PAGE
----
match caDSR Common Data Elements 2,487 research data elements derived from: • 25 dental PBRN studies • 102 case report forms
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DIM to caDSR mapping results
DIM data elements that matched at least one caDSR data element:
complete 245 (33%) partial none 61 (8%) 428 (58%) 2 89

% of caDSR

9

Liu K et al. Use of clinical information for research in dental PBRNs: A data mapping study, JDR (in print) 27 of 32

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Going forward: The journey of 1,000 steps

Grand Tetons © T. Schleyer, 2013 28 of 32

© T. Schleyer, 2013

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Recommendations: EDR data
• start reusing EDR data, e.g. with DQA measures • develop a CQI approach for data • map and homogenize EDR data from various sources • leverage existing data for disease surveillance, comparative effectiveness research, disease registries, etc.
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Recommendations: Workforce
• successful reuse of data requires dentists, researchers, statisticians, informaticians, etc. • need to develop capacity – We have an “informatics competency shortage”! • existing programs
– dental informatics – biomedical informatics
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Last – a small advertisement

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Thank you for your attention!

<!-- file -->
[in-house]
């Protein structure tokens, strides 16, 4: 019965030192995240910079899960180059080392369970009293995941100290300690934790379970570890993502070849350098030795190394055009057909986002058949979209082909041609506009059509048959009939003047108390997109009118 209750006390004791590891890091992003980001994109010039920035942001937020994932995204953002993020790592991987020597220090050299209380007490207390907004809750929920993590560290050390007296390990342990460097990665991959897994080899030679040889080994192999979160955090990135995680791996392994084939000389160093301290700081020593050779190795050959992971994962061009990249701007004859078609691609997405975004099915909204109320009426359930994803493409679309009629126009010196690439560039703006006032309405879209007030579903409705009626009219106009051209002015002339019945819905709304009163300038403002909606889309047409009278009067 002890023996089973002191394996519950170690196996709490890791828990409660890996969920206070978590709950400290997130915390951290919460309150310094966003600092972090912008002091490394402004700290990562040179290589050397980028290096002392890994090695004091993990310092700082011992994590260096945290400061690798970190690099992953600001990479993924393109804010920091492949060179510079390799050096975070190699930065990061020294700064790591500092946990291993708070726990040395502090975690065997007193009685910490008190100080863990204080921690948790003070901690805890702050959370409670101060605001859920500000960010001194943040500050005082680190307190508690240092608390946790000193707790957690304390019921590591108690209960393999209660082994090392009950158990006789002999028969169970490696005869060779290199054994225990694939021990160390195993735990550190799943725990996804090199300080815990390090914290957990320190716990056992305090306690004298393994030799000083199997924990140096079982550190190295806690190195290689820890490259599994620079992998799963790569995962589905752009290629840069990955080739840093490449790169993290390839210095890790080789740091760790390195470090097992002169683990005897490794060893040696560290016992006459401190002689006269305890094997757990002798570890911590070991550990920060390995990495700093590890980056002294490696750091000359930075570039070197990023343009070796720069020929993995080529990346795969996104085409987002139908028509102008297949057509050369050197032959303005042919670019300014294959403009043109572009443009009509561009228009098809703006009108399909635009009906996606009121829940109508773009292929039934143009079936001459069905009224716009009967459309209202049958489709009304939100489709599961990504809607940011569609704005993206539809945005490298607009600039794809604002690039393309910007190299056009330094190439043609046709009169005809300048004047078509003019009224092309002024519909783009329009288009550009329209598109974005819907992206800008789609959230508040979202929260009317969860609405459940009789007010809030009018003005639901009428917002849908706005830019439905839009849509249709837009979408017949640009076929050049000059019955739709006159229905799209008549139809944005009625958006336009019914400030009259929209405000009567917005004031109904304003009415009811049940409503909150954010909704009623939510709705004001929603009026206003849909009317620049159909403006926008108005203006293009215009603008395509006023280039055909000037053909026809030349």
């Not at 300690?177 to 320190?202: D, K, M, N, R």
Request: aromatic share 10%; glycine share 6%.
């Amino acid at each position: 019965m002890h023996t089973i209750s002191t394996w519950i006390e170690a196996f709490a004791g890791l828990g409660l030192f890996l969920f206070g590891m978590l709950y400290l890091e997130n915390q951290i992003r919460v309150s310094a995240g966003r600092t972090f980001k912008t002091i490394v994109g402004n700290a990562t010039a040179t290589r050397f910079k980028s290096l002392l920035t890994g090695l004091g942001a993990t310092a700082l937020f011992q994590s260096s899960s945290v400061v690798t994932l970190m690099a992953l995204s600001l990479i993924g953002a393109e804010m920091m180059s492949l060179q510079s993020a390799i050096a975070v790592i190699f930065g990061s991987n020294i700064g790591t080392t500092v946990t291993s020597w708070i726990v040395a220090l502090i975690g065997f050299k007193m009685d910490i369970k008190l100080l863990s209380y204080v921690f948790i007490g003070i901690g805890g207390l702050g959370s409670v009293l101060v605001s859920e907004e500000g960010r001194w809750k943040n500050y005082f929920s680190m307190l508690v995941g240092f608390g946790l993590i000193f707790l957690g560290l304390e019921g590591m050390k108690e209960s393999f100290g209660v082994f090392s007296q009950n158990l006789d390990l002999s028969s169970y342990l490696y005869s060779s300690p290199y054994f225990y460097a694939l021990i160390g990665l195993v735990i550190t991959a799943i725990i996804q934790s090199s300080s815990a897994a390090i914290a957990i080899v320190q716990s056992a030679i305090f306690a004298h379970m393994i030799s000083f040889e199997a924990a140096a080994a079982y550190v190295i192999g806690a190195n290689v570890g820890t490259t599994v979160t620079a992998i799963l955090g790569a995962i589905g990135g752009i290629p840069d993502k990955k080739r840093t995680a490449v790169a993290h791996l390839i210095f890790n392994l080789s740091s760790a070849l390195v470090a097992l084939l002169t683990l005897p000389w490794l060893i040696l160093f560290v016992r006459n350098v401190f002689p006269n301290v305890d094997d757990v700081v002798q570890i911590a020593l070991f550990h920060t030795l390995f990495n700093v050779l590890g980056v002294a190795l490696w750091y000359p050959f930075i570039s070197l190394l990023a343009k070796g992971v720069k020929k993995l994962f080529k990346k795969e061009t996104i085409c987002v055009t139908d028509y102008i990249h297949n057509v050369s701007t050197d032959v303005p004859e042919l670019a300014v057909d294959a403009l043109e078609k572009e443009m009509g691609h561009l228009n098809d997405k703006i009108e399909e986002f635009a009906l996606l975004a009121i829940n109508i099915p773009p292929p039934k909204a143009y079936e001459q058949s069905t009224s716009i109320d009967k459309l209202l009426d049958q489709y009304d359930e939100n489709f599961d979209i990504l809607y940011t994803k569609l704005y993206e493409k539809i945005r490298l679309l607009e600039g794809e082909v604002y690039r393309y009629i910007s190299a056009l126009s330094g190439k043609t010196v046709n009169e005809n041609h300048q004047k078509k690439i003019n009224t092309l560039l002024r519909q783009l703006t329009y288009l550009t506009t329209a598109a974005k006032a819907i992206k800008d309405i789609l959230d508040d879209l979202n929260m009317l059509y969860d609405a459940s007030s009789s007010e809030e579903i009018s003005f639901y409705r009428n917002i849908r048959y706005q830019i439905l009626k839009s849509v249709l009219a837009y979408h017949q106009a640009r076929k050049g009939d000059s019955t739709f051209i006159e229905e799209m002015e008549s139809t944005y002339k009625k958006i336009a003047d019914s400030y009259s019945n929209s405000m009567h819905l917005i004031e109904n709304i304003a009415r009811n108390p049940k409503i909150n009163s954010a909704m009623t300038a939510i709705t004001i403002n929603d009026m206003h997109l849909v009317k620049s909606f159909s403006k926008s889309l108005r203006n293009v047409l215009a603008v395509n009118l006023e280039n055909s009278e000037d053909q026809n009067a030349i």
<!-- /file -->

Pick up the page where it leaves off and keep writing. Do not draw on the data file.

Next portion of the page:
Download this talk: Contact info:
• now: titus@pitt.edu • starting in June: schleyer@regenstrief.org

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References
• Schleyer T et al. Electronic dental record use and clinical information management patterns among practitioner-investigators in The Dental Practice-Based Research Network. J Am Dent Assoc, 2013 • Thyvalikakath T et al. A usability evaluation of four commercial dental computer-based patient record systems. J Am Dent Assoc 2008 Dec;139(12):1632-42 • Schleyer T et al. A qualitative investigation of the content of dental paper-based and computer-based patient record formats. J Am Med Inform Assoc 2007;14(4):515-26
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References
• Smith M et al. Best care at lower cost: The path to continuously learning health care in America, The National Academies Press, 2012 • Song M et al. Reusing electronic patient data for dental clinical research: A baseline review (in review) • Liu K et al. Reusing clinical data for research in dental PBRNs: A data mapping study (in review) • “Introduction to Health Information Technology in Dentistry” online course, http://dentalinformatics.org/blog/?p=617